by Rob Williams on November 19, 2009 in Intel Motherboards
On the lookout for a P55 motherboard to match that shiny new Lynnfield CPU? Given the sheer selection available, deciding on one can be a hassle. ASUS’ P7P55D Pro looks to appeal to a large crowd, though, by offering a slew of useful options, impressive overclocking abilities and a great design for an easy-to-stomach $170.
When I began testing Intel’s Lynnfield-based processors a couple of months ago, there were two motherboards that kept my attention during the process. Of those, one was Gigabyte’s P55-UD5, already reviewed, and ASUS’ P7P55D Pro, also known as the one being discussed here. The reason for delay for this review isn’t too important, but it comes down to the fact that after the initial Lynnfield content was finished, our CPU cooler’s mounting bracket was rendered useless.
This seems like a simple problem, because getting a replacement should be simple. In this case, it wasn’t, and it took more than a month to finally receive what I sought out for. Had I known in the beginning just how long it was going to take, I would have looked at other options, but lesson learned. Now we have what we need, and we’ll be looking at many more P55 boards in the months to come.
Because I benchmarked this motherboard months ago, the performance data shown throughout the review has been borrowed from our aforementioned review of the P55-UD6. The reason I held off on posting a review had to do with overclocking, and overclocking only. Obviously, there’s not much overclocking headroom with Intel’s stock cooler, as you’d expect, so I wanted to wait for our replacement Thermalright MUX-120 to show up.
In addition to the performance results, images and general information on this page has also been borrowed from a preview we did prior to Lynnfield’s launch, with some modifications. So without further ado, let’s see what ASUS’ P7P55D Pro is made of from a feature’s standpoint.
Closer Look at ASUS’ P7P55D Pro
When Intel launched its Lynnfield processors, ASUS wasted no time in unveiling its fleet of P55 motherboards, nine in total. That number has since increased, but most aren’t full-fledged brand-new models, but rather revisions of what’s been out there. One exception is the addition of the WS SuperComputer, a board that focuses on the high-end aspect of P55, bringing back full PCI-E 16x multi-GPU graphics to the platform, thanks to NVIDIA’s NF200 chip.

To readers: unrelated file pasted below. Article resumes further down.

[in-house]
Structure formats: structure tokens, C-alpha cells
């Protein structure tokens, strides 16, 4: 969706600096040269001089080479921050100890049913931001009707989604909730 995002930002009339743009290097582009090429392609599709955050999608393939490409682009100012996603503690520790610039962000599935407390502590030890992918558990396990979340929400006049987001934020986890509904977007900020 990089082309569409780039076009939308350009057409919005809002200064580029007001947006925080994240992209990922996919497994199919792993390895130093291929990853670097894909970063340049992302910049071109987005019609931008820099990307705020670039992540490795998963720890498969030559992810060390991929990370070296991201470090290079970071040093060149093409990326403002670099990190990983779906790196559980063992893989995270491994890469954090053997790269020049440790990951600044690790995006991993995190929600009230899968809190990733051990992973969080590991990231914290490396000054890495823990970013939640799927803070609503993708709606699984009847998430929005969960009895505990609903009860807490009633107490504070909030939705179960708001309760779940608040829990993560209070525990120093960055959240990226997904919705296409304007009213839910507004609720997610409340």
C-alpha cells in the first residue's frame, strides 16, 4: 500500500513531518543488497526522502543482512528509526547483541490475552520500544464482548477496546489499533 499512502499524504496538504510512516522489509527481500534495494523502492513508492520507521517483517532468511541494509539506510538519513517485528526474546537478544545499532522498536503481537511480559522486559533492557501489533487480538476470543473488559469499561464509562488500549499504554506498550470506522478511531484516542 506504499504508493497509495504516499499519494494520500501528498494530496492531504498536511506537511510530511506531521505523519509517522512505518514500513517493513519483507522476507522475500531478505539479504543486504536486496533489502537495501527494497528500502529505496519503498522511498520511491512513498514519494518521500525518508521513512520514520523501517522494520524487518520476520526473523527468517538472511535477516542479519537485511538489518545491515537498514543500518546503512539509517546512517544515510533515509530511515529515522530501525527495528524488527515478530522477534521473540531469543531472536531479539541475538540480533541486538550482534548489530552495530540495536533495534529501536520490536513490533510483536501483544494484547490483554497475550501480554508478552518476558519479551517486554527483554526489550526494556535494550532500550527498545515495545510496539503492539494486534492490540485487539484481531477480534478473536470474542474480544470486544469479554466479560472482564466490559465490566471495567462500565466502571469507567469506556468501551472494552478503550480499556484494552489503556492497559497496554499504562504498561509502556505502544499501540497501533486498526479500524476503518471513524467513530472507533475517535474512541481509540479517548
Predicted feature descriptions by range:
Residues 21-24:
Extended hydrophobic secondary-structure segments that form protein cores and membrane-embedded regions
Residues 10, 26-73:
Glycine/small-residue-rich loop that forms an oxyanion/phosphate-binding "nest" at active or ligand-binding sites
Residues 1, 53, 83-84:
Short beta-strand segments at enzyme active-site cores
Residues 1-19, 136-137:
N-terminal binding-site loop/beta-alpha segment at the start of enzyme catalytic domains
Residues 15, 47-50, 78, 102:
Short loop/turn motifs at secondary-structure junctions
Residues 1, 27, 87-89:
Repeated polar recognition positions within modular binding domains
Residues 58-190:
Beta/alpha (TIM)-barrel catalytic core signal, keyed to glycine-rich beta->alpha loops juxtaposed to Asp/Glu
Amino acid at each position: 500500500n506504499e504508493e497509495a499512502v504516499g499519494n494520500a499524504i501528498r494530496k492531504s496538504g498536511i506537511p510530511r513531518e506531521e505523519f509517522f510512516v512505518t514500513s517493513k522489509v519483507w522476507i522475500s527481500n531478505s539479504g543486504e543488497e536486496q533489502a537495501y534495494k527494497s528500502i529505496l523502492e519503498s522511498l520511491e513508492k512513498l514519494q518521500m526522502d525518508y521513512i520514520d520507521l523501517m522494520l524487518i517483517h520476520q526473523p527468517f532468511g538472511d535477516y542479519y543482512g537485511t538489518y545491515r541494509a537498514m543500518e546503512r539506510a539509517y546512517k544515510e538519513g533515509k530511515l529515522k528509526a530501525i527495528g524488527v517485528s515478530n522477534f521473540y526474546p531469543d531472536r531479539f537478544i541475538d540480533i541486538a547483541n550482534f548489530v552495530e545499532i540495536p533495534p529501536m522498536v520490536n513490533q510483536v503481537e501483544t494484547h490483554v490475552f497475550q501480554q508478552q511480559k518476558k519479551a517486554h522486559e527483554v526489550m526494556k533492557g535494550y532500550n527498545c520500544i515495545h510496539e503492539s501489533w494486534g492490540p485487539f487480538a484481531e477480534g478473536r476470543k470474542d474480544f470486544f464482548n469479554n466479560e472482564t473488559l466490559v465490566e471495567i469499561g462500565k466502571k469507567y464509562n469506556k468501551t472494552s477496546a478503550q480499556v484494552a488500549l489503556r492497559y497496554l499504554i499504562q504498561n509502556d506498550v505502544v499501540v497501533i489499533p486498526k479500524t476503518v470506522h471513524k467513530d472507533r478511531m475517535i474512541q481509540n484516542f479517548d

Since ASUS’ initial P55 boards were launched, prices have gone down on all of them by at least $5 or $10 (based on current Newegg pricing). The model I’m looking at here, the Pro, sells for $170, and as such, it’s placed in ASUS’ “mid-range” category. This means that the board isn’t overflowing with bling and seemingly unnecessary features, but it delivers just what the enthusiast is looking for, along with ample overclocking ability.
ASUS’ P55 Lineup
- P7P55D LX: $120
- P7P55D LE: $135
- P7P55D: $150
- P7P55D Pro: $170
- P7P55D EVO: $195
- P7P55D Deluxe: $220
- P7P55D Premium: $280
- P7P55 WS SuperComputer: $250
- Maximus III Formula: $250
- Maximus III Gene: $200
- Sabertooth P55: $210
Some select ASUS P55 motherboards have experienced S-ATA 3.0 upgrades, such as the Premium, but the Pro has been left alone. Given the infancy of S-ATA 6, and the overall lack of drives in the marketplace, not to mention the fact that even SSDs can’t generally exceed the available bandwidth of S-ATA 3Gb/s, this isn’t a major, or even a minor concern at the current time.
ASUS doesn’t believe in shipping out plain Jane motherboards, but rather aims to deliver a quality set of features that can prove useful to anyone using the board. One of the major features with this and select other ASUS motherboards is the TurboV EVO hardware and software overclocking feature. I’ll touch on this later in the review, but let me say now that this is an overclocking tool done right.
In addition to that, there’s also a robust power phase solution, 12+2 (the +2 is dedicated to the integrated memory controller), along with T.Probe, a hardware solution that monitors the effectiveness of currently-used phases. If the computer is under high load, it’ll work to spread it across as many phases as it deems necessary to increase both stability and power efficiency.
Another cool feature is “MemOK!”, yet another hardware solution that helps make memory issues a thing of the past. If the RAM kit installed fails to allow the PC to boot, pushing the MemOK! button the motherboard will force modest settings to allow the board to boot, and in turn, let you into the BIOS to manually set stable settings. All of this and more is included on the motherboard, and I recommend that if you want to get to the nitty gritty of it all, then you take a look at the feature page on ASUS’ official product page.